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Formatting Strings

Formatting enables you to define templates for strings. The template tells the string class the text that doesn't change. In the template you also specify placeholders for the text that does change. The string class then fills in the placeholders with text that you provide. This makes it easier for you, because the string class does the hard work of concatenating the parts of fixed text with the parts of variable text.

To format strings:

  1. Type string str where str is the name of the string that will hold the formatted text.

  2. Type =string.Format(.

  3. Type a formatting string enclosed in quotes. The formatting string tells the string class the fixed text.

  4. Within the formatting string, type {0}, {1}, {2}, etc. to set placeholders for the variable text. For example: "LastName={0} and FirstName={1}".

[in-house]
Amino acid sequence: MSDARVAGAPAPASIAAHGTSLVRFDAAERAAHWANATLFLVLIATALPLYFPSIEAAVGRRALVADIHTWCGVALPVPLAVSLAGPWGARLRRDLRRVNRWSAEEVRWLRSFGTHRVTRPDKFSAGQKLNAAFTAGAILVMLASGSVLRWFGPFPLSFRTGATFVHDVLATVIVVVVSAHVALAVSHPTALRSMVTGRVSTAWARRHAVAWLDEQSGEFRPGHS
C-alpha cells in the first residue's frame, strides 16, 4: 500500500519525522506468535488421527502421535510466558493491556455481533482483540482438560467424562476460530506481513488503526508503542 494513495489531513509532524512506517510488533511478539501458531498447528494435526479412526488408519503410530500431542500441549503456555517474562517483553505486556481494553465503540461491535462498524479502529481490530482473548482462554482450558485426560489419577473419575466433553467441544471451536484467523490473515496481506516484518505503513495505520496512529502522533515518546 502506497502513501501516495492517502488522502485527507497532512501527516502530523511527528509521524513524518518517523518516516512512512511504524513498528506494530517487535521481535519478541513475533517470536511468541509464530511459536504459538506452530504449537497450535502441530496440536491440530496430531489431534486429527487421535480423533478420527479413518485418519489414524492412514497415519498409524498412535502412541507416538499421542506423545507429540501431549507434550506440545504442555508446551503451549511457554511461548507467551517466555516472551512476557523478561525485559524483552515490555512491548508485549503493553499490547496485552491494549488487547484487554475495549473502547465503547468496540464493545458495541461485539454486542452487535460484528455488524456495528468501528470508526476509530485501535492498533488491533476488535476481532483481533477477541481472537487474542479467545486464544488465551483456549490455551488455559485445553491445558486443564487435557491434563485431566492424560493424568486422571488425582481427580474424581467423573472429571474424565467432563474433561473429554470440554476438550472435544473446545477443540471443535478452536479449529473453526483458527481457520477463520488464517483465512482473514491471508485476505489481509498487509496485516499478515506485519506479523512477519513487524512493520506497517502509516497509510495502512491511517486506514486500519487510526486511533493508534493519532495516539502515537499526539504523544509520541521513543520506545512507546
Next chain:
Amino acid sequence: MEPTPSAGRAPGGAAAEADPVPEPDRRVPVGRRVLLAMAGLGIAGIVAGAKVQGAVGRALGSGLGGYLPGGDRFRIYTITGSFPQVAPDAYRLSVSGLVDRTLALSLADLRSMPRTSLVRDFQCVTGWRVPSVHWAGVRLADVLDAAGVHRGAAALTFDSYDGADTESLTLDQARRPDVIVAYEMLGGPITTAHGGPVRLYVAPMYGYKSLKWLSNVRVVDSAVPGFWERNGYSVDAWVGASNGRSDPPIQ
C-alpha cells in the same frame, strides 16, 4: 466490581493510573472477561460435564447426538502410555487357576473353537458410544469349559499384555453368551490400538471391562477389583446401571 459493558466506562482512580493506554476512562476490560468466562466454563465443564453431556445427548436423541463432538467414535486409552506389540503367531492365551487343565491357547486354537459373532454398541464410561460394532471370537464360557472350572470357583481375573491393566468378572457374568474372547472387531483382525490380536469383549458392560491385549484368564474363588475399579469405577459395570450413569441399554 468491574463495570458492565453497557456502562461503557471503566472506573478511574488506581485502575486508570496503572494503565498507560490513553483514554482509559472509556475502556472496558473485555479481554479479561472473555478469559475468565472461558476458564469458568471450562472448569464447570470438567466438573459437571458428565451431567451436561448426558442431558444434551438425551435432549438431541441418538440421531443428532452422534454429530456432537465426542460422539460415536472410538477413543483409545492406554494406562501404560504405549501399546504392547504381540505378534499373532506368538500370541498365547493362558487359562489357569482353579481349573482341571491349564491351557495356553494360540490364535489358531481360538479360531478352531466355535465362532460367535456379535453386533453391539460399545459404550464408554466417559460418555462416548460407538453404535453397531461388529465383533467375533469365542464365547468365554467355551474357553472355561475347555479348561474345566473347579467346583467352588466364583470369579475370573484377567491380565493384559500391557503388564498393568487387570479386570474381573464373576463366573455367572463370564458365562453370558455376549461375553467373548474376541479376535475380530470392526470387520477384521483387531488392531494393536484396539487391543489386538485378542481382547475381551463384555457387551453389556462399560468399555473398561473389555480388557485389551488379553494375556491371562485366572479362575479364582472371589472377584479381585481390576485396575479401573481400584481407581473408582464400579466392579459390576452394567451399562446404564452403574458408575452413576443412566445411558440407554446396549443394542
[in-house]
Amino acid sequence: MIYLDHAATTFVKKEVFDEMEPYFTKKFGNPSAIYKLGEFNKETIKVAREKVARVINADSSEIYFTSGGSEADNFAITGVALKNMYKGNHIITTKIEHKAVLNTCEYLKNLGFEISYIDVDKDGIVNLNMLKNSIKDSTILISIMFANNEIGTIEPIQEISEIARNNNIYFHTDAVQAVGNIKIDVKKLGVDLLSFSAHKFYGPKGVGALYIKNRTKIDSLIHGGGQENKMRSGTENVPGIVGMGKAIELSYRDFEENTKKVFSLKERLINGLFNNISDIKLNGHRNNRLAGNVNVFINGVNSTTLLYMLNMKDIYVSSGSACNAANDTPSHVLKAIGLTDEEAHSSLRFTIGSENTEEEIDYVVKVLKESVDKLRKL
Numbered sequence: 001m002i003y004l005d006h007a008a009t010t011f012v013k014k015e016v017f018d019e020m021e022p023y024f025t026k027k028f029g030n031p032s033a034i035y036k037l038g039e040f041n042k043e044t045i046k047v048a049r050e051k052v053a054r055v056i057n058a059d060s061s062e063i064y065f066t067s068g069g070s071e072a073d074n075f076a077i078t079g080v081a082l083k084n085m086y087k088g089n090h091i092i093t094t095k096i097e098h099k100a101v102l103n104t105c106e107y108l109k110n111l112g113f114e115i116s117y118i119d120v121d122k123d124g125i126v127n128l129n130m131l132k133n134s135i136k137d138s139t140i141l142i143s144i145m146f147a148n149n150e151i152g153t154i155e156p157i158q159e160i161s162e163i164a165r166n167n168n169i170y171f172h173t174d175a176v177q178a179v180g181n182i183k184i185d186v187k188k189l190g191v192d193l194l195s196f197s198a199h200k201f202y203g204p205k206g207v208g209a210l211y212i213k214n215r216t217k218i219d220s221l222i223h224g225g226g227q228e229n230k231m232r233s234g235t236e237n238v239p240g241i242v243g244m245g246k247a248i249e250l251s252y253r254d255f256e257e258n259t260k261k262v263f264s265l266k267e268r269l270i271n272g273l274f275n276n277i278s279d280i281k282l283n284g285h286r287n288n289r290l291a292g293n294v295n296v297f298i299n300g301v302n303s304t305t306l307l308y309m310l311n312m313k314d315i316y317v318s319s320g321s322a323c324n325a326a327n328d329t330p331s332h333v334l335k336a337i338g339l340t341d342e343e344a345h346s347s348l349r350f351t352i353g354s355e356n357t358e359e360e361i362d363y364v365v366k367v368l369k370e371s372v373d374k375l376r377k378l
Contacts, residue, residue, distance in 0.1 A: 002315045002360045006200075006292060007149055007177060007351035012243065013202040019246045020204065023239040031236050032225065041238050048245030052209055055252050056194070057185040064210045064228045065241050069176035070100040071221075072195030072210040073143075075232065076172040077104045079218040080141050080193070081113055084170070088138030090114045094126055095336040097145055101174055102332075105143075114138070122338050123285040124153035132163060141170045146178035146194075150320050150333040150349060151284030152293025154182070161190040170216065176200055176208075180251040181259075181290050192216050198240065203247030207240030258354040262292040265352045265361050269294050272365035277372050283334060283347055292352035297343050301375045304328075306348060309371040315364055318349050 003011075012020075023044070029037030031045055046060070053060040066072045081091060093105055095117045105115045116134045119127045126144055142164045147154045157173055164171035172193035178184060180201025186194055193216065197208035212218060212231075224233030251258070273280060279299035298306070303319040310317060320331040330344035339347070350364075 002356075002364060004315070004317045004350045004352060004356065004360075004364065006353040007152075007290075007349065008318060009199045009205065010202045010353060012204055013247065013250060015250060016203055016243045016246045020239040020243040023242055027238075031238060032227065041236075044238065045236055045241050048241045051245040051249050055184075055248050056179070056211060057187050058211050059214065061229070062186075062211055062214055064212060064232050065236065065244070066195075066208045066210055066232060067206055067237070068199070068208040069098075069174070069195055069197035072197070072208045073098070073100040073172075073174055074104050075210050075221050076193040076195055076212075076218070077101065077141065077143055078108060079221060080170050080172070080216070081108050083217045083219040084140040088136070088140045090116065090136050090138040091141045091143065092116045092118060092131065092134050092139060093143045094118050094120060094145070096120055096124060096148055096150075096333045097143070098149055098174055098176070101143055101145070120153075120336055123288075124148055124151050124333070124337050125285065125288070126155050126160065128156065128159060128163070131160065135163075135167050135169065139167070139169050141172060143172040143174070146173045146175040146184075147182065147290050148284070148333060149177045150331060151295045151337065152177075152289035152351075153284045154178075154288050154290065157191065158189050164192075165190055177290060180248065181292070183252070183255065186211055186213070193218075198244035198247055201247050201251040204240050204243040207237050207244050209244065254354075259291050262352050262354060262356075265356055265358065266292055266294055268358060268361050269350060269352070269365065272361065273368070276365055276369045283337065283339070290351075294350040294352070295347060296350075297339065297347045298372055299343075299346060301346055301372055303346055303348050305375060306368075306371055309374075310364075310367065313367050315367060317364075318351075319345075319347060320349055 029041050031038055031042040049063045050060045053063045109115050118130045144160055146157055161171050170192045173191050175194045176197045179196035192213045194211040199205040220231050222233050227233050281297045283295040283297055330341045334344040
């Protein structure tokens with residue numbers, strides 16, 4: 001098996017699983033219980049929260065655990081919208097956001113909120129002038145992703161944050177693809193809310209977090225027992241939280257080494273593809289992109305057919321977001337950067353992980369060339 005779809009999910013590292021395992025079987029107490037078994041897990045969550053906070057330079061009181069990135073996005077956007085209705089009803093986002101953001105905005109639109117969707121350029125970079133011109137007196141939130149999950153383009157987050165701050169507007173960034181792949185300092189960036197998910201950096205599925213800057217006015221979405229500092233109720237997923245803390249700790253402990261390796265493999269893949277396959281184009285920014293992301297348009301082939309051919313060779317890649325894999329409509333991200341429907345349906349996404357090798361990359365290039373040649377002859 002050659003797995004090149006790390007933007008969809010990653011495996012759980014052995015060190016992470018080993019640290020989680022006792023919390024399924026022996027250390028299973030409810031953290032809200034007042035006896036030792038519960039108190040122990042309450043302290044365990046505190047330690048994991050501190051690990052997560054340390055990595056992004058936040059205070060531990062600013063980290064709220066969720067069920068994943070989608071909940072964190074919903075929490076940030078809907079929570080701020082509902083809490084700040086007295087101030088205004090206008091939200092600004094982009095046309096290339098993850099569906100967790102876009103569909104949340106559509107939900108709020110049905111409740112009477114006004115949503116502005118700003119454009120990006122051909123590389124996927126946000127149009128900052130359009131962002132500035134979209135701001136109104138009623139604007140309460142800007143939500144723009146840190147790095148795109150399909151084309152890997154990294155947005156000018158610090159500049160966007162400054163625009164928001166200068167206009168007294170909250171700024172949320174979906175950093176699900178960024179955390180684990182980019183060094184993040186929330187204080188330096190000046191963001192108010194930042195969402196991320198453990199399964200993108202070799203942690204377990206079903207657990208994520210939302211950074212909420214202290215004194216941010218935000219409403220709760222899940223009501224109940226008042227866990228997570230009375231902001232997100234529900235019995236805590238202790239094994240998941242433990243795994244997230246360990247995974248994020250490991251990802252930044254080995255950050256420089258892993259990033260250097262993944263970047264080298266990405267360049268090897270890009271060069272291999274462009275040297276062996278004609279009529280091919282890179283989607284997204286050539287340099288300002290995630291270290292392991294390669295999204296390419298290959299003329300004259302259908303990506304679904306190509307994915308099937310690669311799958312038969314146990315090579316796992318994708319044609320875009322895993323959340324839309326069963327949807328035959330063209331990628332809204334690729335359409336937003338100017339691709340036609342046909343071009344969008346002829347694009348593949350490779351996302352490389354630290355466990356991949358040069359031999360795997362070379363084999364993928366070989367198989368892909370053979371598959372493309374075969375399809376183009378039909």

5. Type a comma.

  6. Type the name of the variable that contains the dynamic text for the string.

  7. Repeat steps 5 and 6 for each placeholder in step 4.

  8. Type ); to end the statement (Figure 4.56).

    Figure 4.56Figure 4.56 If you don't specify a delimiter character, Split uses spaces and carriage returns as delimiters.


  • You can use the same placeholder more than once. For example, if you were writing a form letter, you could repeat the recipient's name more than once. To accomplish that you simply use the placeholder string, for example {0} more than once (Figure 4.57).

    Figure 4.57Figure 4.57 Each placeholder has an index number. You can insert the same word in many places in the string if you repeat the index number that corresponds to the word.

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